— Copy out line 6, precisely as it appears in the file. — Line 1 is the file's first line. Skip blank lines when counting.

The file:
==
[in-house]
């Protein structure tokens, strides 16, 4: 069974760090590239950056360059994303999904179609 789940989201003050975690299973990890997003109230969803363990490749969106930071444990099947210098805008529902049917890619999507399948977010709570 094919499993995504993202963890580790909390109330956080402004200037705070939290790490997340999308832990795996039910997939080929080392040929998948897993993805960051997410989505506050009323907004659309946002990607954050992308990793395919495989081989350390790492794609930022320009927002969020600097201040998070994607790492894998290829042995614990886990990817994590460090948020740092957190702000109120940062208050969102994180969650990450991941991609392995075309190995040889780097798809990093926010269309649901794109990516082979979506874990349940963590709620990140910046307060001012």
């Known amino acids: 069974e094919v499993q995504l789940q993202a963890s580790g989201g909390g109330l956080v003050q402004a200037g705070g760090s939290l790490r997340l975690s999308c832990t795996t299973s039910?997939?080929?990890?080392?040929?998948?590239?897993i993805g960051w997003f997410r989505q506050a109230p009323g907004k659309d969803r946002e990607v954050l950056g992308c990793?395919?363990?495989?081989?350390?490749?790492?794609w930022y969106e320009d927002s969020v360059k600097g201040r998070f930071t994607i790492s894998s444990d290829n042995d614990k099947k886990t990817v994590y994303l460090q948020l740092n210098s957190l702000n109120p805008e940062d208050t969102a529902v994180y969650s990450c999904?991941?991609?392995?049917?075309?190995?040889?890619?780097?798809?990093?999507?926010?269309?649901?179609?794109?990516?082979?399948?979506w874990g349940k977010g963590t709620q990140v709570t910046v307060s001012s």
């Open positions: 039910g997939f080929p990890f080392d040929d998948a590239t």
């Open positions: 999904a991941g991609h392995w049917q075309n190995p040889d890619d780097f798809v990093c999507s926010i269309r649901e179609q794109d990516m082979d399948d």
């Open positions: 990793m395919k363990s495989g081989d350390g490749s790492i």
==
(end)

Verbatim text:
């Open positions: 990793m395919k363990s495989g081989d350390g490749s790492i």